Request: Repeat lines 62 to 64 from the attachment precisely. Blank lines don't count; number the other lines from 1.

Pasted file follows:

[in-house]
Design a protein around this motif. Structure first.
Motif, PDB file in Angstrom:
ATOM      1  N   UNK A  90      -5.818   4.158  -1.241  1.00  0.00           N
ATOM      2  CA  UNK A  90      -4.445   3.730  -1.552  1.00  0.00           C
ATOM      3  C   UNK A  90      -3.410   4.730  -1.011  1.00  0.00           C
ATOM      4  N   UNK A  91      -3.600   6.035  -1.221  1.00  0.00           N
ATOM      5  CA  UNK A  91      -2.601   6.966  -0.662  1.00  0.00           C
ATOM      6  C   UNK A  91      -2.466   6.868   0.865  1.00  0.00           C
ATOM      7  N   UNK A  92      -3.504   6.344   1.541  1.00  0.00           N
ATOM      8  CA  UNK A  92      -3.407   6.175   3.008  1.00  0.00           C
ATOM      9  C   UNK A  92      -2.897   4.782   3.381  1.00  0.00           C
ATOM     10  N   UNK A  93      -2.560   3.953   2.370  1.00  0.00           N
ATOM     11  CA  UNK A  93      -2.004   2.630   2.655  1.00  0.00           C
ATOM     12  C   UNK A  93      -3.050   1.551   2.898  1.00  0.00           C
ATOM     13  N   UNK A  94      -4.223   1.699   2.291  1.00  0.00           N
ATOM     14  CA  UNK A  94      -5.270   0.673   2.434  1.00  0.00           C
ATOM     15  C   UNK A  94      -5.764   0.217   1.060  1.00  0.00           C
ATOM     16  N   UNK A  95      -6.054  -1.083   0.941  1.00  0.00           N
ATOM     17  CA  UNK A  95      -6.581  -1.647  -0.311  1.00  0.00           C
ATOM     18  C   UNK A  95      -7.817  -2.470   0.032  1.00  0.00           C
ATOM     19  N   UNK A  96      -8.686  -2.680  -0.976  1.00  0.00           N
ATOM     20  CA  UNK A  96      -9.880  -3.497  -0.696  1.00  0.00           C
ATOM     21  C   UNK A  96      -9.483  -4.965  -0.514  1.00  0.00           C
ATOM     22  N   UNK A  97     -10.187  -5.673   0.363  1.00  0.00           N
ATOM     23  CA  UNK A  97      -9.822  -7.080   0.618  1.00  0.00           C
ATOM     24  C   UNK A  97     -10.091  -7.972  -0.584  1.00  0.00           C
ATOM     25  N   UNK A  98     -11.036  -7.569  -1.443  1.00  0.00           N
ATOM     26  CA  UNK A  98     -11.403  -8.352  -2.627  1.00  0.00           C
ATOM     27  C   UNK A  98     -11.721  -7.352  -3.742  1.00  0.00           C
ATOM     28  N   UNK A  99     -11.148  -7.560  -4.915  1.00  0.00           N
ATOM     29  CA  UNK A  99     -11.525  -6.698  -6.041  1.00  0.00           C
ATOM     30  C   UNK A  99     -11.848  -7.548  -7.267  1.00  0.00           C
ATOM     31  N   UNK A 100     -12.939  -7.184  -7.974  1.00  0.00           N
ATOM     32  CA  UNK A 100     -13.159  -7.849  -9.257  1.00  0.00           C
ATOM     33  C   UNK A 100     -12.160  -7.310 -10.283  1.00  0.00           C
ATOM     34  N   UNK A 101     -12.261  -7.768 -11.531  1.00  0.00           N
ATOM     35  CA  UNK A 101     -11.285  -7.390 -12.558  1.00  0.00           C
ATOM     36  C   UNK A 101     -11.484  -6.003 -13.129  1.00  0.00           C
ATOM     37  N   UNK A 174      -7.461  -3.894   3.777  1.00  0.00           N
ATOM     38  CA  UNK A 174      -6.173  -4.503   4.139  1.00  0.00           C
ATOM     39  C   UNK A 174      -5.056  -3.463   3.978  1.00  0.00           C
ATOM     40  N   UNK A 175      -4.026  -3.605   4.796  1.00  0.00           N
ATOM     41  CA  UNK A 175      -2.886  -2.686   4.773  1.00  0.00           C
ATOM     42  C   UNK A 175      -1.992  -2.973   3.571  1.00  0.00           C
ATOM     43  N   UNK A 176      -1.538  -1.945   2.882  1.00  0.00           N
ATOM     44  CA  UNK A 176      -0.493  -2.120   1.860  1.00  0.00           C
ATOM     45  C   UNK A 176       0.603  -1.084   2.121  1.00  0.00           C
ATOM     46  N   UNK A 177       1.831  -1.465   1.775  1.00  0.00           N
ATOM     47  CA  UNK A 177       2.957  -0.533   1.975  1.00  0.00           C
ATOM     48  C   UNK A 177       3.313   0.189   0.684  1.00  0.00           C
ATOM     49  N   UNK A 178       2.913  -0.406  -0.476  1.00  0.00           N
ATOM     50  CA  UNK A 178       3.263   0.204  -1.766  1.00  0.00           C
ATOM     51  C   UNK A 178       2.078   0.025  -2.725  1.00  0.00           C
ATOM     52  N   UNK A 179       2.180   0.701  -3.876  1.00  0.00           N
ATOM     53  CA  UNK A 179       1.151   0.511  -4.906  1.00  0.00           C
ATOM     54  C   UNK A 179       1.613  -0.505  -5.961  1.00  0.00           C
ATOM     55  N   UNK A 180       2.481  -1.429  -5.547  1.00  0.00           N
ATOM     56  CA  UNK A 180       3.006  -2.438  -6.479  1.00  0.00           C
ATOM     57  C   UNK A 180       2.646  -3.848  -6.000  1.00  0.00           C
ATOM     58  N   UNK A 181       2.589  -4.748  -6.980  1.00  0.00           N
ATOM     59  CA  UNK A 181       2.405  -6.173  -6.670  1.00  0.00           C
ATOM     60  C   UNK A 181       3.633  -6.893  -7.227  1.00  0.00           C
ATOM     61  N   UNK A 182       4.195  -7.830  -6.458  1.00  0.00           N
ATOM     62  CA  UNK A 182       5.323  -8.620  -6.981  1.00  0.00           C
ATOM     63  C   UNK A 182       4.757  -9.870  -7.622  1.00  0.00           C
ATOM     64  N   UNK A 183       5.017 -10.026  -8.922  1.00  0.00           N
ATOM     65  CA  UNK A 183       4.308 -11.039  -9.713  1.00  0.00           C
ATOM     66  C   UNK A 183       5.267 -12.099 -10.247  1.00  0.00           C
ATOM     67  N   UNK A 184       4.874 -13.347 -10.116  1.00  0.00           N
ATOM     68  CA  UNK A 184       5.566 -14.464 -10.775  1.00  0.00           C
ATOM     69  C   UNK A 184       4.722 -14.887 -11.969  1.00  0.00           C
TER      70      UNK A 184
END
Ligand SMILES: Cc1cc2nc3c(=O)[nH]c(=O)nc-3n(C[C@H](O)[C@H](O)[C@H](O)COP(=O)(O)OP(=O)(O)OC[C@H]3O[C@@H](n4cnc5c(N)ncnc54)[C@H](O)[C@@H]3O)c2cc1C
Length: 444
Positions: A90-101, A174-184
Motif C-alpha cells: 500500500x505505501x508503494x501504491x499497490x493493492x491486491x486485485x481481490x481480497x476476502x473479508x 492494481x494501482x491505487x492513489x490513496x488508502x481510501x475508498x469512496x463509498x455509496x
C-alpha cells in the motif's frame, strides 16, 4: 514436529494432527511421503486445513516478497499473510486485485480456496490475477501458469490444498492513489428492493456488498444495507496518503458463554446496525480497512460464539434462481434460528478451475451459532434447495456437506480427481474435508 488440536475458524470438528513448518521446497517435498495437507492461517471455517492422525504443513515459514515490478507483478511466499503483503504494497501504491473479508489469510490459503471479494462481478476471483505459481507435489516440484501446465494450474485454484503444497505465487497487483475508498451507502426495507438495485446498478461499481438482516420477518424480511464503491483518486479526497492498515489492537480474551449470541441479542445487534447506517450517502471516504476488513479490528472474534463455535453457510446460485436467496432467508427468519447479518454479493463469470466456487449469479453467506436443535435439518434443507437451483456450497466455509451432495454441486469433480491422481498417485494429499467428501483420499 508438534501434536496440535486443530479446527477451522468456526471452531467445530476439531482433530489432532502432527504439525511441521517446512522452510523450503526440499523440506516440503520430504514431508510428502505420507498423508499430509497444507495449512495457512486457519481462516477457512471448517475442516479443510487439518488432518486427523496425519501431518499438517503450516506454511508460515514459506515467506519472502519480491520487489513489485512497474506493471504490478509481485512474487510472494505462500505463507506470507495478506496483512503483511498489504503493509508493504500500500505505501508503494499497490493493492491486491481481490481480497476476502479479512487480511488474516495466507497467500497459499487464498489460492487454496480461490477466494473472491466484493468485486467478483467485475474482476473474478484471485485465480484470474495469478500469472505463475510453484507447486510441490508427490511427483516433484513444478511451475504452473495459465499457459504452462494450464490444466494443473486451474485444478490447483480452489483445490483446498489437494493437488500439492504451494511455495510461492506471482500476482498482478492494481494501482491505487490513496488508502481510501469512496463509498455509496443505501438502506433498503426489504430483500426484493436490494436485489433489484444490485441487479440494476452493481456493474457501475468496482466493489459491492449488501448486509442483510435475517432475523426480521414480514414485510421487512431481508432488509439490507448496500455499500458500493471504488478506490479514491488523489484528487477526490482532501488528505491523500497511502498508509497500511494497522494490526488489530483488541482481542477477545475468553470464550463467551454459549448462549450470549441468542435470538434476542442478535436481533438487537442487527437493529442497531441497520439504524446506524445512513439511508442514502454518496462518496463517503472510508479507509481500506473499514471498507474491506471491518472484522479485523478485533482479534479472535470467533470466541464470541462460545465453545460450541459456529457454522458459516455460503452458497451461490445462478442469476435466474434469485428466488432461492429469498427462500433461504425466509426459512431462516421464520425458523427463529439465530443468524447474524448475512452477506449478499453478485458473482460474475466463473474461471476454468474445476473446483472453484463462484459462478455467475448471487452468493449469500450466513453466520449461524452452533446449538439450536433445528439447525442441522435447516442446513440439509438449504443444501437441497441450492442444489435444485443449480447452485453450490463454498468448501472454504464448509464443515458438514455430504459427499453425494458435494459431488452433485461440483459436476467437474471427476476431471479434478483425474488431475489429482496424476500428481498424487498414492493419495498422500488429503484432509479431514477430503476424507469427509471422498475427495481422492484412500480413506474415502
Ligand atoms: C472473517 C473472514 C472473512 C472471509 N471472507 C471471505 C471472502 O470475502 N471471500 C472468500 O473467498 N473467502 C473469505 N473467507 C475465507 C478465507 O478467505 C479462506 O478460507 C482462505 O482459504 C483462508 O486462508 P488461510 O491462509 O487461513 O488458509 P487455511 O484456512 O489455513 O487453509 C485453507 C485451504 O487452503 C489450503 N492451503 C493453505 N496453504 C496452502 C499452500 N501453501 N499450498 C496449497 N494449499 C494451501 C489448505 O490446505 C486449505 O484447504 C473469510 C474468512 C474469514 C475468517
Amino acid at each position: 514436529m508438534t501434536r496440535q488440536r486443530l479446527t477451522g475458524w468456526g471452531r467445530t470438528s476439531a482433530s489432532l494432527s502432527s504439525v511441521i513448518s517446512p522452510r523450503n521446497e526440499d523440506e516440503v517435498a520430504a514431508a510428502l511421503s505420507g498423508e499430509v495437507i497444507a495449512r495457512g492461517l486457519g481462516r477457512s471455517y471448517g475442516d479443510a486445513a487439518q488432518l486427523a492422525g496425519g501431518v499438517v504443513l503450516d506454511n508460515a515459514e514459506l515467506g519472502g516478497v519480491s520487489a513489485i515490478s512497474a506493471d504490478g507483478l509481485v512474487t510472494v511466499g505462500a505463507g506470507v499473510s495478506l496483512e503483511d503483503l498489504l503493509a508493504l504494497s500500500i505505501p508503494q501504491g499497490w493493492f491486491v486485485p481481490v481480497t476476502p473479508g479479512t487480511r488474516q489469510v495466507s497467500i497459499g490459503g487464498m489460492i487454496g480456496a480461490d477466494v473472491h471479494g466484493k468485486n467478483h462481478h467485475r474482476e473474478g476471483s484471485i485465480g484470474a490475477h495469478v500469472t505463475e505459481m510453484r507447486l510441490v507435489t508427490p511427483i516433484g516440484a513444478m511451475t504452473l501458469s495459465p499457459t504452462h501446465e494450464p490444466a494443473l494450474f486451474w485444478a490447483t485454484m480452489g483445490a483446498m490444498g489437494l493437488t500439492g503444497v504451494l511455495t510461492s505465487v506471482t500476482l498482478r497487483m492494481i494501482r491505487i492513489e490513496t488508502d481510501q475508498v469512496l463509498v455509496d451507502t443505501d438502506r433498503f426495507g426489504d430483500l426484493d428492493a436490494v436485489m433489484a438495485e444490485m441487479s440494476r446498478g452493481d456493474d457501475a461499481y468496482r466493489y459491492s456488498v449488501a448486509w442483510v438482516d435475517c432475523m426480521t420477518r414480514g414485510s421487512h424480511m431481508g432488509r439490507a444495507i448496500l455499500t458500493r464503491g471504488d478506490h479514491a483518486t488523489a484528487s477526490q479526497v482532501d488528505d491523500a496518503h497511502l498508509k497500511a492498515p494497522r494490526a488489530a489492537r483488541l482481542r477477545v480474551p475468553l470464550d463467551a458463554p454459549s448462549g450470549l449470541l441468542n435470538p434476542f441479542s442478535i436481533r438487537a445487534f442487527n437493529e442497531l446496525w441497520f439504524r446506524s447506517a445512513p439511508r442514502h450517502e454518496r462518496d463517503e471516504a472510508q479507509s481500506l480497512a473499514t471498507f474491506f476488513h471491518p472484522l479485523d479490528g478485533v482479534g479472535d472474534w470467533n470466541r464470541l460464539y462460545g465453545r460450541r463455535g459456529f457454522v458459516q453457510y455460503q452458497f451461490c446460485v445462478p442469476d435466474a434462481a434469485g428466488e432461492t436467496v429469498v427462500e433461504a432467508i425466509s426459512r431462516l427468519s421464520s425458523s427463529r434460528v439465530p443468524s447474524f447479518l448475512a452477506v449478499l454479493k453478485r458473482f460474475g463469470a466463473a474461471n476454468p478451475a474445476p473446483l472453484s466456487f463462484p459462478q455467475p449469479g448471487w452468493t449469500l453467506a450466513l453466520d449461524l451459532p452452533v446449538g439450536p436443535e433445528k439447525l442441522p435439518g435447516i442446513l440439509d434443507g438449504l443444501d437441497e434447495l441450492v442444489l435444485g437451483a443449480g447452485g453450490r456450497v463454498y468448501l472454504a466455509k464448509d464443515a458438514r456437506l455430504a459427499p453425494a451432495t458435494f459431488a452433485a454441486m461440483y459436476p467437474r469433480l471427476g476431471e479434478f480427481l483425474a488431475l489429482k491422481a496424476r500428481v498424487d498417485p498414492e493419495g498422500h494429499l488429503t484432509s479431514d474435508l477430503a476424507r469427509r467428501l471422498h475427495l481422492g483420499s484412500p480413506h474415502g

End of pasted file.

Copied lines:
ATOM     59  CA  UNK A 181       2.405  -6.173  -6.670  1.00  0.00           C
ATOM     60  C   UNK A 181       3.633  -6.893  -7.227  1.00  0.00           C
ATOM     61  N   UNK A 182       4.195  -7.830  -6.458  1.00  0.00           N